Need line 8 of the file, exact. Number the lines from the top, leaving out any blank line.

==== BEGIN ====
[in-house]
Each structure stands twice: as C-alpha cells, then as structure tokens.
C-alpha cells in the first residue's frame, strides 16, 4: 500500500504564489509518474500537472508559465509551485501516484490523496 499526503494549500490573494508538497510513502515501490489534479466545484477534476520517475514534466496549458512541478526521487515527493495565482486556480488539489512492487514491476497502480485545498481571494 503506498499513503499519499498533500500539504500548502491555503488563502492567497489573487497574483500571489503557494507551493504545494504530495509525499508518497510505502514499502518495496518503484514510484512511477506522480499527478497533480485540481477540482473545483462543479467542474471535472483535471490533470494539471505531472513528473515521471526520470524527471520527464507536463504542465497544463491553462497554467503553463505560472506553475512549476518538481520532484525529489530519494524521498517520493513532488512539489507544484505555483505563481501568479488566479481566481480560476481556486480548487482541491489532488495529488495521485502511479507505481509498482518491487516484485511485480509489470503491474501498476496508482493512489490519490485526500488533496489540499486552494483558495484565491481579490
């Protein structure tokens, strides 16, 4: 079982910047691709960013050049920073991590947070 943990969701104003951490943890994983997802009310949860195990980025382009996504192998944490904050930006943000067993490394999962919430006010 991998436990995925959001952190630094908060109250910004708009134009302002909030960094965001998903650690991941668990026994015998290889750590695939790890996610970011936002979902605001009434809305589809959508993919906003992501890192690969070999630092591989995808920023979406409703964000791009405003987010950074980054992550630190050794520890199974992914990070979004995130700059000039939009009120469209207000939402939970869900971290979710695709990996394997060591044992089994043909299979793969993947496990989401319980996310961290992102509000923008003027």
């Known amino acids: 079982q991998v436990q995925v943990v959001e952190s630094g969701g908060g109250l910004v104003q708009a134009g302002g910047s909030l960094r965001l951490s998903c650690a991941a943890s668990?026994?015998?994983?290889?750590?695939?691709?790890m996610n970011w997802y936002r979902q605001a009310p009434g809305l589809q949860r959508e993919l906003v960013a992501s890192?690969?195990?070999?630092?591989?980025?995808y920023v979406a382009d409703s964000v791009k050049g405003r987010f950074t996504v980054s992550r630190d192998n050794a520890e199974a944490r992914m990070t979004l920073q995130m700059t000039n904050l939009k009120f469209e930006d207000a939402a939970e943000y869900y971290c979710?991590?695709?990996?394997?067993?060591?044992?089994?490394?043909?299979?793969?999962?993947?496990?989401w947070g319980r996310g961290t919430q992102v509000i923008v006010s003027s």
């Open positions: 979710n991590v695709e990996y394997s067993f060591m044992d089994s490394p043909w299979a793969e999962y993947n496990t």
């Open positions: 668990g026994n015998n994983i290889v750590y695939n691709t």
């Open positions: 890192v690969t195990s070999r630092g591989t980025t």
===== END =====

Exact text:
């Open positions: 890192v690969t195990s070999r630092g591989t980025t």